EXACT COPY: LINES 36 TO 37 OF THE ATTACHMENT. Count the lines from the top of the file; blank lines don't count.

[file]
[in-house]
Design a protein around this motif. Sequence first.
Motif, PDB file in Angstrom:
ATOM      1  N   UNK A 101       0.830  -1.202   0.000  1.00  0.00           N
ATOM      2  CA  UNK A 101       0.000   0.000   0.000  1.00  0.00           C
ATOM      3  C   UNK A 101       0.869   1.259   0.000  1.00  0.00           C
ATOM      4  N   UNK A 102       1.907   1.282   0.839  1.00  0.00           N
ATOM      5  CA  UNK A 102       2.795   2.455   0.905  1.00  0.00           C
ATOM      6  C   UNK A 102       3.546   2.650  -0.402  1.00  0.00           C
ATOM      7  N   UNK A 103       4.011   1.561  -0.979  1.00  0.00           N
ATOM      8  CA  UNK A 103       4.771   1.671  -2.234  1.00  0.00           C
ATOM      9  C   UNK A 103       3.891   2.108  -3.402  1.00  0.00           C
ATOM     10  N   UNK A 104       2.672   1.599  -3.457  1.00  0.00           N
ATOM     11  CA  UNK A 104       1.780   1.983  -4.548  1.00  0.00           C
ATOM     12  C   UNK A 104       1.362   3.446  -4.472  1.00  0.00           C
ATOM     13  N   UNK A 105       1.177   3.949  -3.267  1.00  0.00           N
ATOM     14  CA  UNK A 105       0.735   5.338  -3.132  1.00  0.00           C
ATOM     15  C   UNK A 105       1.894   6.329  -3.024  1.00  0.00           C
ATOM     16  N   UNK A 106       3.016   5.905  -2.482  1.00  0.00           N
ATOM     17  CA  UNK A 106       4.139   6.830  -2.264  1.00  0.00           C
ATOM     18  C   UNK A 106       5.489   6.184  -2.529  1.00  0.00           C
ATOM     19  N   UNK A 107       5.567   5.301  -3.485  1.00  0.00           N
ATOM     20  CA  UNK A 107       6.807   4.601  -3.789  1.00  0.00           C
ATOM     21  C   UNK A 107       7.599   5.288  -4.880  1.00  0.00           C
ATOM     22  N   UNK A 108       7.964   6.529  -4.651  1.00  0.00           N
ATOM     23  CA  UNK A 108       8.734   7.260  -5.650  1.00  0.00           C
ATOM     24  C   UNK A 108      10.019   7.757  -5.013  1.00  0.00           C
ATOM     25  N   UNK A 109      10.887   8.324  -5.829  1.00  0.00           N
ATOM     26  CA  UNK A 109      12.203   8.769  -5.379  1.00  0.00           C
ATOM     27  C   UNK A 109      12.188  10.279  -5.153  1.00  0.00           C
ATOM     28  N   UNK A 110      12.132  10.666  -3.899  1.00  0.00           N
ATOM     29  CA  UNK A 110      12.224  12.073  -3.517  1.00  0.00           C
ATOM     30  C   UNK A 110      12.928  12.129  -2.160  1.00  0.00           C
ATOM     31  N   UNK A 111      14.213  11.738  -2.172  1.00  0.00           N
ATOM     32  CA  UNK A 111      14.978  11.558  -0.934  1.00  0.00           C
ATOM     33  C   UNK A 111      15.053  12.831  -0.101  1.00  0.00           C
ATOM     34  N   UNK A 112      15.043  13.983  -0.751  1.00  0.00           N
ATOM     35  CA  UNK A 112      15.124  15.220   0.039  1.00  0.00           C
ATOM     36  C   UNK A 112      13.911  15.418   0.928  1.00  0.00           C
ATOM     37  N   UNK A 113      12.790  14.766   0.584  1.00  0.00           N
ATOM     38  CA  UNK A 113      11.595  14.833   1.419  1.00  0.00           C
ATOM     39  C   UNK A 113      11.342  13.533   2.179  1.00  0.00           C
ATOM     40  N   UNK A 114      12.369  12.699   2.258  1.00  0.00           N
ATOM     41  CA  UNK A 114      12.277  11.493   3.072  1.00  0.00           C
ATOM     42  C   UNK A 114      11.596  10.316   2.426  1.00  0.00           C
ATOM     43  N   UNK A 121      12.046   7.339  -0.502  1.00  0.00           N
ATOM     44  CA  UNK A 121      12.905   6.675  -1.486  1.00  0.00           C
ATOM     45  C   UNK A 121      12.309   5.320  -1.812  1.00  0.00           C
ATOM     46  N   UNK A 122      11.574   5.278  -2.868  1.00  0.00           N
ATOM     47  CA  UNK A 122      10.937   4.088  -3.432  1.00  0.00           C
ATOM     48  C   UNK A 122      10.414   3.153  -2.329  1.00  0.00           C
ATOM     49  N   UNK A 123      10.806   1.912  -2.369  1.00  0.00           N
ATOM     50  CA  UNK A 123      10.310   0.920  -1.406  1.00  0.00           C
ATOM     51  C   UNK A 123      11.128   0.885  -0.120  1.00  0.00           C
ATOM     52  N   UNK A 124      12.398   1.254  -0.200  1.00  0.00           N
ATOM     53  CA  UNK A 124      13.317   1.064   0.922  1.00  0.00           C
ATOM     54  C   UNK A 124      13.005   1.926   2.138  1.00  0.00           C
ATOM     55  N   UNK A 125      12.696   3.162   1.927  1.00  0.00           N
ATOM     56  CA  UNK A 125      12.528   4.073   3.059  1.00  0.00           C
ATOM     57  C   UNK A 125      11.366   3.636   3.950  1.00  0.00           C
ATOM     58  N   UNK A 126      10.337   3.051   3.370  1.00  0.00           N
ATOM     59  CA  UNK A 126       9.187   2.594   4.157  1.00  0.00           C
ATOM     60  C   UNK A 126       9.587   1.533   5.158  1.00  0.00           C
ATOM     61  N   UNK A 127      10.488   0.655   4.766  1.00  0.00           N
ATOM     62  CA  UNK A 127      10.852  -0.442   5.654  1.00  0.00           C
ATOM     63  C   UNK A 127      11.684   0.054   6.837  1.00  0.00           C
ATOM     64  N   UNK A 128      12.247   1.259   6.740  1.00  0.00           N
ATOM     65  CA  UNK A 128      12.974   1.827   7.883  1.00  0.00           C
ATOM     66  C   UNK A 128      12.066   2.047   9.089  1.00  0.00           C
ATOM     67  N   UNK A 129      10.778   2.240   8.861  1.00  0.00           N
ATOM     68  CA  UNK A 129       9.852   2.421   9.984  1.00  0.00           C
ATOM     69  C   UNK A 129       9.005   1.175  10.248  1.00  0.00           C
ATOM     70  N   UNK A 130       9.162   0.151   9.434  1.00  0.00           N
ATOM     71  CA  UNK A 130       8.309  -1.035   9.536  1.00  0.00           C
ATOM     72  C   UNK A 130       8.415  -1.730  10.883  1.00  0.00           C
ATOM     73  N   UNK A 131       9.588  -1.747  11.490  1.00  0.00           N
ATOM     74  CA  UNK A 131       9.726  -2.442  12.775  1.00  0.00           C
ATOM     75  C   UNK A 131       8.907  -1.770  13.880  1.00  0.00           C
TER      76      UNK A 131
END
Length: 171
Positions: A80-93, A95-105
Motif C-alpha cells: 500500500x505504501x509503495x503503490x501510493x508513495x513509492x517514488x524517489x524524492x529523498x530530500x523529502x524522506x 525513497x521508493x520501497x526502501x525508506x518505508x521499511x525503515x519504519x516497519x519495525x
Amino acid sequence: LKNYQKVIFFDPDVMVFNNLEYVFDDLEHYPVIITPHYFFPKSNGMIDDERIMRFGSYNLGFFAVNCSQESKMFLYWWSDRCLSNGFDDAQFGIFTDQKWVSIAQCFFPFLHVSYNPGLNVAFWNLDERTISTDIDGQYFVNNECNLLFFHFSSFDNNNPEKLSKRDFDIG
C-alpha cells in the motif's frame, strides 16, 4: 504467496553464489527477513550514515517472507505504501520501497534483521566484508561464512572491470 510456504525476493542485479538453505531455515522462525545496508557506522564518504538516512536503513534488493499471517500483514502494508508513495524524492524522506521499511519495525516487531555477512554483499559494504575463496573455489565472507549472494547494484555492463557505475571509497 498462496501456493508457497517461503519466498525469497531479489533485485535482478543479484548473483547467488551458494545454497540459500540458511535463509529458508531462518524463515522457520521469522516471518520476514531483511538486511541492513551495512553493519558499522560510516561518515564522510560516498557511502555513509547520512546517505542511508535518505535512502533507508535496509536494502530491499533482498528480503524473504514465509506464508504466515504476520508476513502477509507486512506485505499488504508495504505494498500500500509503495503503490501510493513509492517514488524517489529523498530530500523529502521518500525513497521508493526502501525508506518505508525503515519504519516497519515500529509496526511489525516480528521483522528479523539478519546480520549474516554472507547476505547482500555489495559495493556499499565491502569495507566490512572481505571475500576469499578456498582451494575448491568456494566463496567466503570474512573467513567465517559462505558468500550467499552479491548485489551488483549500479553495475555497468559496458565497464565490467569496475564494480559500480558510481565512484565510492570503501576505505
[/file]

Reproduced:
ATOM     33  C   UNK A 111      15.053  12.831  -0.101  1.00  0.00           C
ATOM     34  N   UNK A 112      15.043  13.983  -0.751  1.00  0.00           N